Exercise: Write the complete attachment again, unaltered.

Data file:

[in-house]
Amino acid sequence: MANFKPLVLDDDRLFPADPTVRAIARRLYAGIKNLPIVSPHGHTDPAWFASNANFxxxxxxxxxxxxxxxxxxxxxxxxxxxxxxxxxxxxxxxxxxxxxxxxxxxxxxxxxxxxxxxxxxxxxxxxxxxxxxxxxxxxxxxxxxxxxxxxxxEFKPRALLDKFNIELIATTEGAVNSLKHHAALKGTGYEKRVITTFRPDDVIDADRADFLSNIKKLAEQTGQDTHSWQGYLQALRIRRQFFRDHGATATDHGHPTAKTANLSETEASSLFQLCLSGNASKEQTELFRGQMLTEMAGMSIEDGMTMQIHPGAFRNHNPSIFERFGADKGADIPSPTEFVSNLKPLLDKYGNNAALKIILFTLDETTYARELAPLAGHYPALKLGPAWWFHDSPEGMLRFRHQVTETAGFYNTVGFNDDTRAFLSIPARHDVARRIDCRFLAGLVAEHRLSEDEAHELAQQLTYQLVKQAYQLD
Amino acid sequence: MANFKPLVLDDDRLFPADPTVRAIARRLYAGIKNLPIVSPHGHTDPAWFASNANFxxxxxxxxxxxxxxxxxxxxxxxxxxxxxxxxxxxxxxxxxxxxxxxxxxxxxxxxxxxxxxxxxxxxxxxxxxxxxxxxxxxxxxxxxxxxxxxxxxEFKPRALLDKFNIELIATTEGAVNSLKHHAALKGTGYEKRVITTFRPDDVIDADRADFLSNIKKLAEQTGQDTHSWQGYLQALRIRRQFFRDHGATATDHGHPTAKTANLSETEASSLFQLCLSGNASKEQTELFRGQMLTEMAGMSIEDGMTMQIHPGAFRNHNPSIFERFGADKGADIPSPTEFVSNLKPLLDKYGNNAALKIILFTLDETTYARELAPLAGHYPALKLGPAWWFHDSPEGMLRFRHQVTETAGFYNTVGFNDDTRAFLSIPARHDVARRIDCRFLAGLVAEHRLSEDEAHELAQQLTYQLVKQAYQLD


[in-house]
Amino acid sequence: MANFKPLVLDDDRLFPADPTVRAIARRLYAGIKNLPIVSPHGHTDPAWFASNANFxxxxxxxxxxxxxxxxxxxxxxxxxxxxxxxxxxxxxxxxxxxxxxxxxxxxxxxxxxxxxxxxxxxxxxxxxxxxxxxxxxxxxxxxxxxxxxxxxxEFKPRALLDKFNIELIATTEGAVNSLKHHAALKGTGYEKRVITTFRPDDVIDADRADFLSNIKKLAEQTGQDTHSWQGYLQALRIRRQFFRDHGATATDHGHPTAKTANLSETEASSLFQLCLSGNASKEQTELFRGQMLTEMAGMSIEDGMTMQIHPGAFRNHNPSIFERFGADKGADIPSPTEFVSNLKPLLDKYGNNAALKIILFTLDETTYARELAPLAGHYPALKLGPAWWFHDSPEGMLRFRHQVTETAGFYNTVGFNDDTRAFLSIPARHDVARRIDCRFLAGLVAEHRLSEDEAHELAQQLTYQLVKQAYQLD
Amino acid sequence: MANFKPLVLDDDRLFPADPTVRAIARRLYAGIKNLPIVSPHGHTDPAWFASNANFxxxxxxxxxxxxxxxxxxxxxxxxxxxxxxxxxxxxxxxxxxxxxxxxxxxxxxxxxxxxxxxxxxxxxxxxxxxxxxxxxxxxxxxxxxxxxxxxxxEFKPRALLDKFNIELIATTEGAVNSLKHHAALKGTGYEKRVITTFRPDDVIDADRADFLSNIKKLAEQTGQDTHSWQGYLQALRIRRQFFRDHGATATDHGHPTAKTANLSETEASSLFQLCLSGNASKEQTELFRGQMLTEMAGMSIEDGMTMQIHPGAFRNHNPSIFERFGADKGADIPSPTEFVSNLKPLLDKYGNNAALKIILFTLDETTYARELAPLAGHYPALKLGPAWWFHDSPEGMLRFRHQVTETAGFYNTVGFNDDTRAFLSIPARHDVARRIDCRFLAGLVAEHRLSEDEAHELAQQLTYQLVKQAYQLD